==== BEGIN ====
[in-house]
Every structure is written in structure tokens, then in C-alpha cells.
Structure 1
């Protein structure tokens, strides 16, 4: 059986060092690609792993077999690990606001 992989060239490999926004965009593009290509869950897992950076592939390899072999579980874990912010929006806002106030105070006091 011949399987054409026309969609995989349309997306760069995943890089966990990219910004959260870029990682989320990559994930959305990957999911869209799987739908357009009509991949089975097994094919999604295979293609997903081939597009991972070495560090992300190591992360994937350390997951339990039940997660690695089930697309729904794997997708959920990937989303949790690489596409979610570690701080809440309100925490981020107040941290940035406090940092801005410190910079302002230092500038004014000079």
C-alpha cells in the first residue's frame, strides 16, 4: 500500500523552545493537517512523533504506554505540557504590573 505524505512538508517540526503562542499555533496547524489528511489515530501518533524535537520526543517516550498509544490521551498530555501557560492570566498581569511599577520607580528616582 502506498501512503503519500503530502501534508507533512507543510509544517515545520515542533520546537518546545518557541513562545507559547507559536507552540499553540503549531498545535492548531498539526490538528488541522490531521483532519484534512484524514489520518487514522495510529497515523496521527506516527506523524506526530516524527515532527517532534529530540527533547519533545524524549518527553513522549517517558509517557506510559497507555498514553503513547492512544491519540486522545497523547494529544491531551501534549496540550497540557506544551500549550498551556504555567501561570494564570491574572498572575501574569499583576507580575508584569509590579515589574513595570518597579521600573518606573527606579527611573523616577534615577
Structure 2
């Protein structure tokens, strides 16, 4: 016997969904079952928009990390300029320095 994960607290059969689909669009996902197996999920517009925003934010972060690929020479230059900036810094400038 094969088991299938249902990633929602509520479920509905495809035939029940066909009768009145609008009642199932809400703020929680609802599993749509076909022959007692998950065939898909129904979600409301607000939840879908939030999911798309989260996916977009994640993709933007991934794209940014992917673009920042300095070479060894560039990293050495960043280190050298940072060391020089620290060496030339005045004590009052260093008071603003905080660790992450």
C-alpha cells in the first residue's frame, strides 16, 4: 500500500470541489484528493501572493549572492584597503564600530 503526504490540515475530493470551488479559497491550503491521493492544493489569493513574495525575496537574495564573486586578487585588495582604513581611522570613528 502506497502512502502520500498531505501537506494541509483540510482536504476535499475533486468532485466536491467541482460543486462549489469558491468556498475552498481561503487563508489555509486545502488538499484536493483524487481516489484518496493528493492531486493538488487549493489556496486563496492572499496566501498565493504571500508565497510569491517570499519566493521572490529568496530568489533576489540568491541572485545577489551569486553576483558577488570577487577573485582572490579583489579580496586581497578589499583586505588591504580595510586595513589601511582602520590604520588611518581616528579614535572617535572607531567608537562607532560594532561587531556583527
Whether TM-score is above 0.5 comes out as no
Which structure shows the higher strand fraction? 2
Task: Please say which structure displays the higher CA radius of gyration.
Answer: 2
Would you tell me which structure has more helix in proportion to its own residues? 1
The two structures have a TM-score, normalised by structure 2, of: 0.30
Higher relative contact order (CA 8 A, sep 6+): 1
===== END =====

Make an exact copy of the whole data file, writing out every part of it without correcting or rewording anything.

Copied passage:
[in-house]
Every structure is written in structure tokens, then in C-alpha cells.
Structure 1
């Protein structure tokens, strides 16, 4: 059986060092690609792993077999690990606001 992989060239490999926004965009593009290509869950897992950076592939390899072999579980874990912010929006806002106030105070006091 011949399987054409026309969609995989349309997306760069995943890089966990990219910004959260870029990682989320990559994930959305990957999911869209799987739908357009009509991949089975097994094919999604295979293609997903081939597009991972070495560090992300190591992360994937350390997951339990039940997660690695089930697309729904794997997708959920990937989303949790690489596409979610570690701080809440309100925490981020107040941290940035406090940092801005410190910079302002230092500038004014000079």
C-alpha cells in the first residue's frame, strides 16, 4: 500500500523552545493537517512523533504506554505540557504590573 505524505512538508517540526503562542499555533496547524489528511489515530501518533524535537520526543517516550498509544490521551498530555501557560492570566498581569511599577520607580528616582 502506498501512503503519500503530502501534508507533512507543510509544517515545520515542533520546537518546545518557541513562545507559547507559536507552540499553540503549531498545535492548531498539526490538528488541522490531521483532519484534512484524514489520518487514522495510529497515523496521527506516527506523524506526530516524527515532527517532534529530540527533547519533545524524549518527553513522549517517558509517557506510559497507555498514553503513547492512544491519540486522545497523547494529544491531551501534549496540550497540557506544551500549550498551556504555567501561570494564570491574572498572575501574569499583576507580575508584569509590579515589574513595570518597579521600573518606573527606579527611573523616577534615577
Structure 2
């Protein structure tokens, strides 16, 4: 016997969904079952928009990390300029320095 994960607290059969689909669009996902197996999920517009925003934010972060690929020479230059900036810094400038 094969088991299938249902990633929602509520479920509905495809035939029940066909009768009145609008009642199932809400703020929680609802599993749509076909022959007692998950065939898909129904979600409301607000939840879908939030999911798309989260996916977009994640993709933007991934794209940014992917673009920042300095070479060894560039990293050495960043280190050298940072060391020089620290060496030339005045004590009052260093008071603003905080660790992450």
C-alpha cells in the first residue's frame, strides 16, 4: 500500500470541489484528493501572493549572492584597503564600530 503526504490540515475530493470551488479559497491550503491521493492544493489569493513574495525575496537574495564573486586578487585588495582604513581611522570613528 502506497502512502502520500498531505501537506494541509483540510482536504476535499475533486468532485466536491467541482460543486462549489469558491468556498475552498481561503487563508489555509486545502488538499484536493483524487481516489484518496493528493492531486493538488487549493489556496486563496492572499496566501498565493504571500508565497510569491517570499519566493521572490529568496530568489533576489540568491541572485545577489551569486553576483558577488570577487577573485582572490579583489579580496586581497578589499583586505588591504580595510586595513589601511582602520590604520588611518581616528579614535572617535572607531567608537562607532560594532561587531556583527
Whether TM-score is above 0.5 comes out as no
Which structure shows the higher strand fraction? 2
Task: Please say which structure displays the higher CA radius of gyration.
Answer: 2
Would you tell me which structure has more helix in proportion to its own residues? 1
The two structures have a TM-score, normalised by structure 2, of: 0.30
Higher relative contact order (CA 8 A, sep 6+): 1